<div id='tabsF'>
<ul>
<li><a expr:href='data:blog.homepageUrl'><span>Home</span></a></li>

<b:loop values='data:labels' var='label'>

<!--I am adding the label - Linux in this code -->
<b:if cond='data:label.name == "Linux"'>
<a expr:href='data:label.url'>
<span>
<data:label.name/>
</span>
</a>
</b:if>

<!--I am adding the label - Opensource in this code -->
<b:if cond='data:label.name == "Open Source"'>
<a expr:href='data:label.url'>
<span>
<data:label.name/>
</span>
</a>
</b:if>

</b:loop>

</ul>
<!-- <b:include name='quickedit'/> -->
</div>
</b:includable>
</b:widget>

Depending upon your requirement you can add as many labels you want.

NOTE: If you use a CSS menu style other than F, than make sure id='tabsF' reflects the correct tab, such as id='tabsE' for style E. Later, if you like a different design, just cut-and-paste the style's CSS code, then change this id again to reflect the change. Check out the Tabs in my blog.


Checkout the CSS code for other Menu styles from A to F

/*- Menu Tabs A --------------------------- */

#tabs {
float:left;
width:100%;
background:#BBD9EE;
font-size:93%;
line-height:normal;
}
#tabs ul {
margin:0;
padding:10px 10px 0 50px;
list-style:none;
}
#tabs li {
display:inline;
margin:0;
padding:0;
}
#tabs a {
float:left;
background:url("http://www.site.com/tableft.gif") no-repeat left top;
margin:0;
padding:0 0 0 4px;
text-decoration:none;
}
#tabs a span {
float:left;
display:block;
background:url("http://www.site.com/tabright.gif") no-repeat right top;
padding:5px 15px 4px 6px;
color:#666;
}
/* Commented Backslash Hack hides rule from IE5-Mac \*/
#tabs a span {float:none;}
/* End IE5-Mac hack */
#tabs a:hover span {
color:#FF9834;
}
#tabs a:hover {
background-position:0% -42px;
}
#tabs a:hover span {
background-position:100% -42px;
}

/*- Menu Tabs B--------------------------- */

#tabsB {
float:left;
width:100%;
background:#F4F4F4;
font-size:93%;
line-height:normal;
}
#tabsB ul {
margin:0;
padding:10px 10px 0 50px;
list-style:none;
}
#tabsB li {
display:inline;
margin:0;
padding:0;
}
#tabsB a {
float:left;
background:url("http://www.site.com/tableftB.gif") no-repeat left top;
margin:0;
padding:0 0 0 4px;
text-decoration:none;
}
#tabsB a span {
float:left;
display:block;
background:url("http://www.site.com/tabrightB.gif") no-repeat right top;
padding:5px 15px 4px 6px;
color:#666;
}
/* Commented Backslash Hack hides rule from IE5-Mac \*/
#tabsB a span {float:none;}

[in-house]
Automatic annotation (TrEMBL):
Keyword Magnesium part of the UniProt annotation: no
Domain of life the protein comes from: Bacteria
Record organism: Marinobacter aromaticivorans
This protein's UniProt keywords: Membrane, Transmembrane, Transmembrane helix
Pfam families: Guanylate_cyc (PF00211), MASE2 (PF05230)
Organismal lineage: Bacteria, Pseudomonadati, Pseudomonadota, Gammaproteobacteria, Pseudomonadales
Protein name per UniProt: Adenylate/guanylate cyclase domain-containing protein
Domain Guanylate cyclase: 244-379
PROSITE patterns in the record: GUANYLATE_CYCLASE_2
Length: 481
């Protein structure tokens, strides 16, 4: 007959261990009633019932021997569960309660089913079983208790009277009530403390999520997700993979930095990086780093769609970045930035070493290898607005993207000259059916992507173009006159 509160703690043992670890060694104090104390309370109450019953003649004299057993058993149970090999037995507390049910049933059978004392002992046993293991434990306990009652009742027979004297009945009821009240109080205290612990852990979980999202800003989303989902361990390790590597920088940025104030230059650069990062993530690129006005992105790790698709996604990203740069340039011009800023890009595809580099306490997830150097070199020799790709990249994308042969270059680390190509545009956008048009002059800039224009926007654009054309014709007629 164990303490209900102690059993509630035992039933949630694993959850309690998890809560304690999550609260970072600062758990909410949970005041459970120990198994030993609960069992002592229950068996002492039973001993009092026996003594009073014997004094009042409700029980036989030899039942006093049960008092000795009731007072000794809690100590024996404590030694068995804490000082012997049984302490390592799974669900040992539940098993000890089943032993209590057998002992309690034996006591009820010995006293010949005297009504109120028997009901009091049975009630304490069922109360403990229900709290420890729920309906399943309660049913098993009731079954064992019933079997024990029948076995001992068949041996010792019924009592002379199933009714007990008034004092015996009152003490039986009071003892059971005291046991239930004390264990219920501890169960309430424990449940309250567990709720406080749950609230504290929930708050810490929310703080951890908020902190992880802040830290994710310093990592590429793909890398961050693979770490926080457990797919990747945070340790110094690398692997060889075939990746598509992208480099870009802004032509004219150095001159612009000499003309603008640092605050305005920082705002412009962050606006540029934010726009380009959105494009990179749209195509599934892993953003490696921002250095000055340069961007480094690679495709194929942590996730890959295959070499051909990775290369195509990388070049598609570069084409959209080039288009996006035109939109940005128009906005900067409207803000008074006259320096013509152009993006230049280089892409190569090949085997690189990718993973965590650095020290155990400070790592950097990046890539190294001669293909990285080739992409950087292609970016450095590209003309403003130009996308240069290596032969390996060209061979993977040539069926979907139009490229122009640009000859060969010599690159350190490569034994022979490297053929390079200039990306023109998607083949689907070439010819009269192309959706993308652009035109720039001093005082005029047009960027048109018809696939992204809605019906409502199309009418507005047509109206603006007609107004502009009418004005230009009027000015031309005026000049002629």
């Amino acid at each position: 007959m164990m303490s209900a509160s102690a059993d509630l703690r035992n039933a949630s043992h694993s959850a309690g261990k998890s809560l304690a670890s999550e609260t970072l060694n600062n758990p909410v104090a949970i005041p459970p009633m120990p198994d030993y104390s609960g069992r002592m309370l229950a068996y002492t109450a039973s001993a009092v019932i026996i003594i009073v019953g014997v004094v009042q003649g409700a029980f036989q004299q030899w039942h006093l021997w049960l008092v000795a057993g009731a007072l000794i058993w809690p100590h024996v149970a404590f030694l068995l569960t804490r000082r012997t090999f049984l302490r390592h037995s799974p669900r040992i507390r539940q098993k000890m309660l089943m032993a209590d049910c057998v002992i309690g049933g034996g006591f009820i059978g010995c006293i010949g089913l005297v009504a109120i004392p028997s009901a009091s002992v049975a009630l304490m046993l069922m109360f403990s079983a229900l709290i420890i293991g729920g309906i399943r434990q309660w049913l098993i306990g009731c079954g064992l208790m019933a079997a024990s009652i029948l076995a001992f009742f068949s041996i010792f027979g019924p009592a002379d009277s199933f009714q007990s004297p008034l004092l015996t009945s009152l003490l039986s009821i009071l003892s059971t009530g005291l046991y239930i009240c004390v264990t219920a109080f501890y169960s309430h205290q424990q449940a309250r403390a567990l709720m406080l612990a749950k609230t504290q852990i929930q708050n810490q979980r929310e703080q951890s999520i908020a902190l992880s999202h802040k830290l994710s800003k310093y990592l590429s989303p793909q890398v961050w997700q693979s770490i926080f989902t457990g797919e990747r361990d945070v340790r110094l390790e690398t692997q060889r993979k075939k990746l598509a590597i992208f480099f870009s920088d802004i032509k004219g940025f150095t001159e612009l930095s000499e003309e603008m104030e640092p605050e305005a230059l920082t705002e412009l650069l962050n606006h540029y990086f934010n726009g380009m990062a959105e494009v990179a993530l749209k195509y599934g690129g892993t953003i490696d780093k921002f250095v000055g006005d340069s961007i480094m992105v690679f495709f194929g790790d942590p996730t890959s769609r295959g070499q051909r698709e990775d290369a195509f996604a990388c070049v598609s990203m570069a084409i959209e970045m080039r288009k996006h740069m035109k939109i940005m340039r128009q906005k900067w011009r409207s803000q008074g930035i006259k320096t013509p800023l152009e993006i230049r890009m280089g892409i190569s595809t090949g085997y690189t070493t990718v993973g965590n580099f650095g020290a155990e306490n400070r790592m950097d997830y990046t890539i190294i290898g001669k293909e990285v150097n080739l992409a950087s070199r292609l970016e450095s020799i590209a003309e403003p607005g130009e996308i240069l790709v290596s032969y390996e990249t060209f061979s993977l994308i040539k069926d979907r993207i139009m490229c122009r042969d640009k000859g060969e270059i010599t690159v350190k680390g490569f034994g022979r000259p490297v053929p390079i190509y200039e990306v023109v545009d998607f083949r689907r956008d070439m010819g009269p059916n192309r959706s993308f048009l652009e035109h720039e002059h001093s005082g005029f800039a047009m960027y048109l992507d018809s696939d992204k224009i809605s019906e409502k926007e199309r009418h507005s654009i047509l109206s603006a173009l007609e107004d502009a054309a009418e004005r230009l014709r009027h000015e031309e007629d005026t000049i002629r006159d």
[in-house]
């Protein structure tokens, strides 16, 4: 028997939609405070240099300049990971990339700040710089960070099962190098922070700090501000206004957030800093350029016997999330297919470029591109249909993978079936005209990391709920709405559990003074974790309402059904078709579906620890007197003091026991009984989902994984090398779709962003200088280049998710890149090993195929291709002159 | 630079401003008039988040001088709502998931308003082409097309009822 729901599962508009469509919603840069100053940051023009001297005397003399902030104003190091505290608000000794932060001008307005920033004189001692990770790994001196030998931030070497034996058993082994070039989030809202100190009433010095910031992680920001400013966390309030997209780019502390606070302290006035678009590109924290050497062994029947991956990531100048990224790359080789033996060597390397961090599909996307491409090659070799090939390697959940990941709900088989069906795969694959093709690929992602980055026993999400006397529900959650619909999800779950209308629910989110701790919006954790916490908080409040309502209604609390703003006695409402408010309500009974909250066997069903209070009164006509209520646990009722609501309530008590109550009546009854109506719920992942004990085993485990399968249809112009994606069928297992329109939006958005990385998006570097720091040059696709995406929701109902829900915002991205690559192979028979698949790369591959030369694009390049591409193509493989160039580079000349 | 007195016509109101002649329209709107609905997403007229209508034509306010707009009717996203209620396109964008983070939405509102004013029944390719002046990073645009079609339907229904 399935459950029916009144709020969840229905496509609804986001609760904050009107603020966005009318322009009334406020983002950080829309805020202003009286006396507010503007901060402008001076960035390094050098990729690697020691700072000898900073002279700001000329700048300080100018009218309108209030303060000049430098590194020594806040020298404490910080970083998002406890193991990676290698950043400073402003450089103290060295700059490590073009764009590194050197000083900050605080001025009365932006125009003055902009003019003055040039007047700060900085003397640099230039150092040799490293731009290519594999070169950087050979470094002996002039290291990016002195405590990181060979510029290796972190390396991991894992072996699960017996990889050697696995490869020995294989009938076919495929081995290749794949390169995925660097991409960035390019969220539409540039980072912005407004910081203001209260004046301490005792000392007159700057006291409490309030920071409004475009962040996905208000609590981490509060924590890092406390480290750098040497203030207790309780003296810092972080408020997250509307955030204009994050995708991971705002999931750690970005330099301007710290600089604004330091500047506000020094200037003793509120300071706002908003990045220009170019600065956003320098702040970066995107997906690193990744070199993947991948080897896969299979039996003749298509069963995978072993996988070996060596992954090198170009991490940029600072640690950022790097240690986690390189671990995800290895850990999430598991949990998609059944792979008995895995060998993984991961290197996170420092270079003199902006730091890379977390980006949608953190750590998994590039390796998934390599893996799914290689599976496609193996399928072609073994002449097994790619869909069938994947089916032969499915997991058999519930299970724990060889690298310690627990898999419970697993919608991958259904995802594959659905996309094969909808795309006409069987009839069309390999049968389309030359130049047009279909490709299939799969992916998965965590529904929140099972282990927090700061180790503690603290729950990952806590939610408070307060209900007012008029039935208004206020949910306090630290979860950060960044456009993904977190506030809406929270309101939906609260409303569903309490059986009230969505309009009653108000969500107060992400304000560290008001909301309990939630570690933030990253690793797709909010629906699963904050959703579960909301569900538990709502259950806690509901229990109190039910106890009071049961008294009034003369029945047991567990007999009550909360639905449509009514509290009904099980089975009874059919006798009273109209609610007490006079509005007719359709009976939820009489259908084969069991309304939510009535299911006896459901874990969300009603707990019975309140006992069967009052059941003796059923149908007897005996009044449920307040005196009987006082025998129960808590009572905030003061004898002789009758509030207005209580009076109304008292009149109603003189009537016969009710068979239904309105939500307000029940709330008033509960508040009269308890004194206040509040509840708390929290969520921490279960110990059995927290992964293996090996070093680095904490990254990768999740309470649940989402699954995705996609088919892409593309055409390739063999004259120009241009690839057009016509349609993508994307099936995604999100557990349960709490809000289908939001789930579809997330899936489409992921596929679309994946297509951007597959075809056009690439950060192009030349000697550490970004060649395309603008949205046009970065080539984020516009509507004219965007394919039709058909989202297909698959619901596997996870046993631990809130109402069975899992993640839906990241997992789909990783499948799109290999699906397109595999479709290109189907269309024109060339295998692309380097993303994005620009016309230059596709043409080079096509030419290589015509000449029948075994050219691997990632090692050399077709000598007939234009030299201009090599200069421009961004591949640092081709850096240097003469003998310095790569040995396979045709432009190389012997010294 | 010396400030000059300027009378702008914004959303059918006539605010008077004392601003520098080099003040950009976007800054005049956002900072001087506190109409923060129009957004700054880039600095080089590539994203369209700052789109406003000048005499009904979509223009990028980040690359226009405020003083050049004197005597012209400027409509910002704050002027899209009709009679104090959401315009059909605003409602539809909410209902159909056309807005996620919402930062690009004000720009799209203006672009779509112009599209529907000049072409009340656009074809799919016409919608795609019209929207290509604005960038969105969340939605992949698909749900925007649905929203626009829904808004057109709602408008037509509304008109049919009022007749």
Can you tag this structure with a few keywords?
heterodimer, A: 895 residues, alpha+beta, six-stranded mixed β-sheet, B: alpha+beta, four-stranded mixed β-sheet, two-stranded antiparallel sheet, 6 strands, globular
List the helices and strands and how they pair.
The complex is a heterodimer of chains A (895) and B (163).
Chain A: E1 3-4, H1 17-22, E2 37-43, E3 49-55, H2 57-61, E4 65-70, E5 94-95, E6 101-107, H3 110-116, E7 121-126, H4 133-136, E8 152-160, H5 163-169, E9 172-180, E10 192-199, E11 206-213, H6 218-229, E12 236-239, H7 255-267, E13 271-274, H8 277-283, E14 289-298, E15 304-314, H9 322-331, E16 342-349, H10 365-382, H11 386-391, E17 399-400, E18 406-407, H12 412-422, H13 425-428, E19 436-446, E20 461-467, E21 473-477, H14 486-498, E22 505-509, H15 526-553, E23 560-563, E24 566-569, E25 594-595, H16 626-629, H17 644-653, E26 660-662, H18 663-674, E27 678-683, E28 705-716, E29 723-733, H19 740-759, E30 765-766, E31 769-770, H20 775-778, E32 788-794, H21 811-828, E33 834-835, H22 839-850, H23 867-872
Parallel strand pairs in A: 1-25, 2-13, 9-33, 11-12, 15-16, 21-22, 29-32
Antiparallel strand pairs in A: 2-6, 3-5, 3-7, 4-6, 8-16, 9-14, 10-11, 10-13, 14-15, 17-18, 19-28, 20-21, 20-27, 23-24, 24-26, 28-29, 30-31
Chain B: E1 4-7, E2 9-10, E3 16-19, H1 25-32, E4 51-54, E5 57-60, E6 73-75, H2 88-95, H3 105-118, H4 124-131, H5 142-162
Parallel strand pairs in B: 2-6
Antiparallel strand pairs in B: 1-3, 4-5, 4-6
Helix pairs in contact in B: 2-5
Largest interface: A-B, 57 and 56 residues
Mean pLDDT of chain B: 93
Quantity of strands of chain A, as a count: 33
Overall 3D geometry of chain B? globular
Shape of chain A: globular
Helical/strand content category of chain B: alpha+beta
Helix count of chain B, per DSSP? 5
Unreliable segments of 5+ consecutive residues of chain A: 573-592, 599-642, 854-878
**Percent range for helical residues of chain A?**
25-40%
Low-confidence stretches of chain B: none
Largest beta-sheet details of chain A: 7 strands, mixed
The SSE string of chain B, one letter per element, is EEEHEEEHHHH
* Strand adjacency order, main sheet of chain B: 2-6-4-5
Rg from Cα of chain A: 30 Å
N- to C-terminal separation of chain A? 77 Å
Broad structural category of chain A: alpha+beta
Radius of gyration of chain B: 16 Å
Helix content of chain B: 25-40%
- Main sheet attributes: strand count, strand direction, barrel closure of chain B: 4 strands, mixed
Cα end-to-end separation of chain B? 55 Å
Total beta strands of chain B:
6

/* End IE5-Mac hack */
#tabsB a:hover span {
color:#000;
}
#tabsB a:hover {
background-position:0% -42px;
}
#tabsB a:hover span {
background-position:100% -42px;
}

/*- Menu Tabs C--------------------------- */

#tabsC {
float:left;
width:100%;
background:#EDF7E7;
font-size:93%;
line-height:normal;
}
#tabsC ul {
margin:0;
padding:10px 10px 0 50px;
list-style:none;
}
#tabsC li {
display:inline;
margin:0;
padding:0;
}
#tabsC a {
float:left;
background:url("http://www.site.com/tableftC.gif") no-repeat left top;
margin:0;
padding:0 0 0 4px;
text-decoration:none;
}
#tabsC a span {
float:left;
display:block;
background:url("http://www.site.com/tabrightC.gif") no-repeat right top;
padding:5px 15px 4px 6px;
color:#464E42;
}
/* Commented Backslash Hack hides rule from IE5-Mac \*/
#tabsC a span {float:none;}
/* End IE5-Mac hack */
#tabsC a:hover span {
color:#FFF;
}
#tabsC a:hover {
background-position:0% -42px;
}
#tabsC a:hover span {
background-position:100% -42px;
}

/*- Menu Tabs D--------------------------- */

#tabsD {
float:left;
width:100%;
background:#FCF3F8;
font-size:93%;
line-height:normal;
border-bottom:1px solid #F4B7D6;
}
#tabsD ul {
margin:0;
padding:10px 10px 0 50px;
list-style:none;
}
#tabsD li {
display:inline;
margin:0;
padding:0;
}
#tabsD a {
float:left;
background:url("http://www.site.com/tableftD.gif") no-repeat left top;
margin:0;
padding:0 0 0 4px;
text-decoration:none;
}
#tabsD a span {
float:left;
display:block;
background:url("http://www.site.com/tabrightD.gif") no-repeat right top;
padding:5px 15px 4px 6px;
color:#C7377D;
}
/* Commented Backslash Hack hides rule from IE5-Mac \*/
#tabsD a span {float:none;}
/* End IE5-Mac hack */
#tabsD a:hover span {
color:#C7377D;
}
#tabsD a:hover {
background-position:0% -42px;
}
#tabsD a:hover span {
background-position:100% -42px;
}

/*- Menu Tabs E--------------------------- */

#tabsE {
float:left;
width:100%;
background:#000;
font-size:93%;
line-height:normal;

}
#tabsE ul {
margin:0;
padding:10px 10px 0 50px;
list-style:none;
}
#tabsE li {
display:inline;
margin:0;
padding:0;
}
#tabsE a {
float:left;
background:url("http://www.site.com/tableftE.gif") no-repeat left top;
margin:0;
padding:0 0 0 4px;
text-decoration:none;
}
#tabsE a span {
float:left;
display:block;
background:url("http://www.site.com/tabrightE.gif") no-repeat right top;
padding:5px 15px 4px 6px;
color:#FFF;
}
/* Commented Backslash Hack hides rule from IE5-Mac \*/
#tabsE a span {float:none;}